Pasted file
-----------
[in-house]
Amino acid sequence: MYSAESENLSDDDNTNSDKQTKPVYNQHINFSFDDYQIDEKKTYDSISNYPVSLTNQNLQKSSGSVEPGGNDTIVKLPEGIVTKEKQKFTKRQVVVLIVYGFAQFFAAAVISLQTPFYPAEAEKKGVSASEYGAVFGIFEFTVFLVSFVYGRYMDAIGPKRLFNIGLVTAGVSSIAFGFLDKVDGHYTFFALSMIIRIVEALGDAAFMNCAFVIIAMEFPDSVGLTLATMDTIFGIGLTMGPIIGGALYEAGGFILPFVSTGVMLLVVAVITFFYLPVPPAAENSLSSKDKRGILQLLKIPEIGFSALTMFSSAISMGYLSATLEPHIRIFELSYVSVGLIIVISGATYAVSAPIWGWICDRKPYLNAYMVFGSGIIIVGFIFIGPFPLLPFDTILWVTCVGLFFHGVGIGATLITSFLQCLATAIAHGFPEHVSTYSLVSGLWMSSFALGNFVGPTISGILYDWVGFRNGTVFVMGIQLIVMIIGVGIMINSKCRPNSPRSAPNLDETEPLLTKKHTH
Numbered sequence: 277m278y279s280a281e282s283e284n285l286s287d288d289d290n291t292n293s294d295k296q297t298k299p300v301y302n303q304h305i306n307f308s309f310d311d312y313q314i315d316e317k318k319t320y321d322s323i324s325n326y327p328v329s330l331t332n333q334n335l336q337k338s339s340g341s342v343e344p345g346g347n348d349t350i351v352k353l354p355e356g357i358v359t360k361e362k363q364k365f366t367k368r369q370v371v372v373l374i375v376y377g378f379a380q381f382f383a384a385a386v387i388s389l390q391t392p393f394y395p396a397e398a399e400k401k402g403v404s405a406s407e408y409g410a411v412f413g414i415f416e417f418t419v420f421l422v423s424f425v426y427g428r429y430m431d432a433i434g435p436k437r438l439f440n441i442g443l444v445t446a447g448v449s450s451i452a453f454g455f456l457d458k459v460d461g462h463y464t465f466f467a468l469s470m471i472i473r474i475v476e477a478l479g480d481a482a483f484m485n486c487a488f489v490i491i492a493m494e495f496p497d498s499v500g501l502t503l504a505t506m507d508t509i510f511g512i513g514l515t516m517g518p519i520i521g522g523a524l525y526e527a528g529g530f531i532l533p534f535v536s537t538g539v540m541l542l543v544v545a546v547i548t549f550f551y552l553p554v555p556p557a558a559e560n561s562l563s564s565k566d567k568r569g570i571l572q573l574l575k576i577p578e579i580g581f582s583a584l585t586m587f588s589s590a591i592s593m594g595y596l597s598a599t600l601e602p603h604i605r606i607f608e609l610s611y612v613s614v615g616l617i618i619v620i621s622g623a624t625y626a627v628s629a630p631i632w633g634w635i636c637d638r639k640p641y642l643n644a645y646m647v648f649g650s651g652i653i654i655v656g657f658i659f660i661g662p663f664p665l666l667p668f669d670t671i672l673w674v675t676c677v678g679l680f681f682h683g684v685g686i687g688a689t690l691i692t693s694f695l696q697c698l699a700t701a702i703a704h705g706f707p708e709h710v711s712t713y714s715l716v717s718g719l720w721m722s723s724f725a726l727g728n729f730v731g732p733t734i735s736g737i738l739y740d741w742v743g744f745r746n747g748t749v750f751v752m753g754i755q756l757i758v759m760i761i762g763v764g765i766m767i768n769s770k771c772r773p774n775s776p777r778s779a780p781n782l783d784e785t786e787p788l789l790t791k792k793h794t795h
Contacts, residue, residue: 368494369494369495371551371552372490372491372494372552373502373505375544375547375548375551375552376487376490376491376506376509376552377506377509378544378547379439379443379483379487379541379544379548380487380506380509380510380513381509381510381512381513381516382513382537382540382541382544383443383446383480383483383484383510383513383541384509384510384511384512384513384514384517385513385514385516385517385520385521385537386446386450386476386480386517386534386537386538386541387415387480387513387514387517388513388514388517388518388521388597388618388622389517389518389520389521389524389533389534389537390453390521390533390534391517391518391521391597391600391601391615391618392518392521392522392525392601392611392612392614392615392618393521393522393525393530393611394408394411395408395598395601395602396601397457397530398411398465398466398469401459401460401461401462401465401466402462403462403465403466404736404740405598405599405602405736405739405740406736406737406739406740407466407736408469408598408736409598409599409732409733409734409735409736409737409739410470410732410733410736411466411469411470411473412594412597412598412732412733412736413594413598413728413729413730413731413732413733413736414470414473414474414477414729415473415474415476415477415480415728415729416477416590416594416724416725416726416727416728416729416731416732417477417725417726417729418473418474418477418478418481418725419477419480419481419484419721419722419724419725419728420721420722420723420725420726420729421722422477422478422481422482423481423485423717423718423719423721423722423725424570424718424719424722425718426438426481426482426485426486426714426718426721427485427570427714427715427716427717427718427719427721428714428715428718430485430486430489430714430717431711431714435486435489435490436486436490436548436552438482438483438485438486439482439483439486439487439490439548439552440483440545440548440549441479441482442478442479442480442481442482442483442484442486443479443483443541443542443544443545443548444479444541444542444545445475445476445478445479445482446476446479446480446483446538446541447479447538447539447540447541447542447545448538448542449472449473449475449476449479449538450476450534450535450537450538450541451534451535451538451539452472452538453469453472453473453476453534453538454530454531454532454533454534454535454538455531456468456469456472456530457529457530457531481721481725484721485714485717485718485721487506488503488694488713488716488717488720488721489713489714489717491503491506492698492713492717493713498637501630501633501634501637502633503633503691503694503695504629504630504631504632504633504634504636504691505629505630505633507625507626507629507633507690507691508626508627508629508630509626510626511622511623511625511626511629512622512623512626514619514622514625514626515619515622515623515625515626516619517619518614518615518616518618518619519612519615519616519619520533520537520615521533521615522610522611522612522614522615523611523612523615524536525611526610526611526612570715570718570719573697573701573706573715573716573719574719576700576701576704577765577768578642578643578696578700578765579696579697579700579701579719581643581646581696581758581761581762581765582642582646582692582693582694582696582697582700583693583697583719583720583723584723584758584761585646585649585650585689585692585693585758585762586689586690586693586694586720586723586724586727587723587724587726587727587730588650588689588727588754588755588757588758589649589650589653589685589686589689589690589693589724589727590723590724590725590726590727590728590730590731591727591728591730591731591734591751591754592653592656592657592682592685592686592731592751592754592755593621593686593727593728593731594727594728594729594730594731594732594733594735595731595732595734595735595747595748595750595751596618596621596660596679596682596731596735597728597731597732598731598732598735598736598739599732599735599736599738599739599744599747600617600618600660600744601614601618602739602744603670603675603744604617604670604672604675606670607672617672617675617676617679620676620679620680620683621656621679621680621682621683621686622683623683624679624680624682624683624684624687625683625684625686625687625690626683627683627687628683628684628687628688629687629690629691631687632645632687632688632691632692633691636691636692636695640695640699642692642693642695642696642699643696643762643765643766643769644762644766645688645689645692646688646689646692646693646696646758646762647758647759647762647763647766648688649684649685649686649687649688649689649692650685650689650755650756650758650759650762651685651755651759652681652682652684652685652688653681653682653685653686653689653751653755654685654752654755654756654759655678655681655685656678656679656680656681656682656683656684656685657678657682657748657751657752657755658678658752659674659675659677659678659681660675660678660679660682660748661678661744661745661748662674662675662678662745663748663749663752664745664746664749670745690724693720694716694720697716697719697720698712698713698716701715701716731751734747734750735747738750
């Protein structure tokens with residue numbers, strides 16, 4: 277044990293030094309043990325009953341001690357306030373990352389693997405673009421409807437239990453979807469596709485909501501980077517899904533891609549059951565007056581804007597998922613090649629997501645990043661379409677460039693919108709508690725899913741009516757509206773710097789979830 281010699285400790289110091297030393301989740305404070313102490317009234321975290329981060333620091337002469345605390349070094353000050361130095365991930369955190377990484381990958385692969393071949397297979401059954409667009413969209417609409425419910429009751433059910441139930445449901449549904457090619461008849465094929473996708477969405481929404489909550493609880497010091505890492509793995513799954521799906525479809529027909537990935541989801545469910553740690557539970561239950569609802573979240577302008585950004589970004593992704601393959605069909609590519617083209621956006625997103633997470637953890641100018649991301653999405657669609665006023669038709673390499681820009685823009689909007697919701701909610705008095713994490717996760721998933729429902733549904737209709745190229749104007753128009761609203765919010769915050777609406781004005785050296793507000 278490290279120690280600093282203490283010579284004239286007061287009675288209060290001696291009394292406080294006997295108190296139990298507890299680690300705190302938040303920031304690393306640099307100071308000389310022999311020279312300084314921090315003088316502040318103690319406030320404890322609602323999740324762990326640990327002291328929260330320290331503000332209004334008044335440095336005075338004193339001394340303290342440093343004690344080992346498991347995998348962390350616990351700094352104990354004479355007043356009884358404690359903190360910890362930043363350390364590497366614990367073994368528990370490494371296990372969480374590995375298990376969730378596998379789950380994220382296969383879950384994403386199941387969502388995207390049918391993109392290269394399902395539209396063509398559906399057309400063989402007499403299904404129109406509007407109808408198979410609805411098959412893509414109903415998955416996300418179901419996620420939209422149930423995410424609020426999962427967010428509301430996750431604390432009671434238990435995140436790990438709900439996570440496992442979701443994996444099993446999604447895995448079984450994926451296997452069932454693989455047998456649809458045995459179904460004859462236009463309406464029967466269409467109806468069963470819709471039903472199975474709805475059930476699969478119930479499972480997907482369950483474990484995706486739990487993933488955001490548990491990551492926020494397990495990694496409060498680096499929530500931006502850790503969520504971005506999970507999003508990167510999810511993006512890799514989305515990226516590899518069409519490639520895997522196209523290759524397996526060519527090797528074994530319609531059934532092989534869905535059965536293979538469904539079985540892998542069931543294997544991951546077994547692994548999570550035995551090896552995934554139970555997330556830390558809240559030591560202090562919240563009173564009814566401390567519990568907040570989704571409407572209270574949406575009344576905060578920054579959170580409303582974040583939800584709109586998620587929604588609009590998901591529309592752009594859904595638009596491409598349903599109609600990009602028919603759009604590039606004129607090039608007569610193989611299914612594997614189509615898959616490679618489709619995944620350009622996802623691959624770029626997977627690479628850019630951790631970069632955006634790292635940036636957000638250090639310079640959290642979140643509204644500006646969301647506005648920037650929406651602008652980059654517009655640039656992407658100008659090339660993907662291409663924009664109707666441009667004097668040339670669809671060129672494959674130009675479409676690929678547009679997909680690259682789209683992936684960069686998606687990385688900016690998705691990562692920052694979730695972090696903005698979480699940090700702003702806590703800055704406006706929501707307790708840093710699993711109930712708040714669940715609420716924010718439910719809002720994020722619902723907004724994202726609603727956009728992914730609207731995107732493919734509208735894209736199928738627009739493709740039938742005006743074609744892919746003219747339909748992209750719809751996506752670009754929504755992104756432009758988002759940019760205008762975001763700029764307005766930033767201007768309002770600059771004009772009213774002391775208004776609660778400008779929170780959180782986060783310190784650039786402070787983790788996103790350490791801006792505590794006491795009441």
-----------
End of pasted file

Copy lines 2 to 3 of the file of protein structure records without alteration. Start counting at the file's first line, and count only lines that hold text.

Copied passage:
Amino acid sequence: MYSAESENLSDDDNTNSDKQTKPVYNQHINFSFDDYQIDEKKTYDSISNYPVSLTNQNLQKSSGSVEPGGNDTIVKLPEGIVTKEKQKFTKRQVVVLIVYGFAQFFAAAVISLQTPFYPAEAEKKGVSASEYGAVFGIFEFTVFLVSFVYGRYMDAIGPKRLFNIGLVTAGVSSIAFGFLDKVDGHYTFFALSMIIRIVEALGDAAFMNCAFVIIAMEFPDSVGLTLATMDTIFGIGLTMGPIIGGALYEAGGFILPFVSTGVMLLVVAVITFFYLPVPPAAENSLSSKDKRGILQLLKIPEIGFSALTMFSSAISMGYLSATLEPHIRIFELSYVSVGLIIVISGATYAVSAPIWGWICDRKPYLNAYMVFGSGIIIVGFIFIGPFPLLPFDTILWVTCVGLFFHGVGIGATLITSFLQCLATAIAHGFPEHVSTYSLVSGLWMSSFALGNFVGPTISGILYDWVGFRNGTVFVMGIQLIVMIIGVGIMINSKCRPNSPRSAPNLDETEPLLTKKHTH
Numbered sequence: 277m278y279s280a281e282s283e284n285l286s287d288d289d290n291t292n293s294d295k296q297t298k299p300v301y302n303q304h305i306n307f308s309f310d311d312y313q314i315d316e317k318k319t320y321d322s323i324s325n326y327p328v329s330l331t332n333q334n335l336q337k338s339s340g341s342v343e344p345g346g347n348d349t350i351v352k353l354p355e356g357i358v359t360k361e362k363q364k365f366t367k368r369q370v371v372v373l374i375v376y377g378f379a380q381f382f383a384a385a386v387i388s389l390q391t392p393f394y395p396a397e398a399e400k401k402g403v404s405a406s407e408y409g410a411v412f413g414i415f416e417f418t419v420f421l422v423s424f425v426y427g428r429y430m431d432a433i434g435p436k437r438l439f440n441i442g443l444v445t446a447g448v449s450s451i452a453f454g455f456l457d458k459v460d461g462h463y464t465f466f467a468l469s470m471i472i473r474i475v476e477a478l479g480d481a482a483f484m485n486c487a488f489v490i491i492a493m494e495f496p497d498s499v500g501l502t503l504a505t506m507d508t509i510f511g512i513g514l515t516m517g518p519i520i521g522g523a524l525y526e527a528g529g530f531i532l533p534f535v536s537t538g539v540m541l542l543v544v545a546v547i548t549f550f551y552l553p554v555p556p557a558a559e560n561s562l563s564s565k566d567k568r569g570i571l572q573l574l575k576i577p578e579i580g581f582s583a584l585t586m587f588s589s590a591i592s593m594g595y596l597s598a599t600l601e602p603h604i605r606i607f608e609l610s611y612v613s614v615g616l617i618i619v620i621s622g623a624t625y626a627v628s629a630p631i632w633g634w635i636c637d638r639k640p641y642l643n644a645y646m647v648f649g650s651g652i653i654i655v656g657f658i659f660i661g662p663f664p665l666l667p668f669d670t671i672l673w674v675t676c677v678g679l680f681f682h683g684v685g686i687g688a689t690l691i692t693s694f695l696q697c698l699a700t701a702i703a704h705g706f707p708e709h710v711s712t713y714s715l716v717s718g719l720w721m722s723s724f725a726l727g728n729f730v731g732p733t734i735s736g737i738l739y740d741w742v743g744f745r746n747g748t749v750f751v752m753g754i755q756l757i758v759m760i761i762g763v764g765i766m767i768n769s770k771c772r773p774n775s776p777r778s779a780p781n782l783d784e785t786e787p788l789l790t791k792k793h794t795h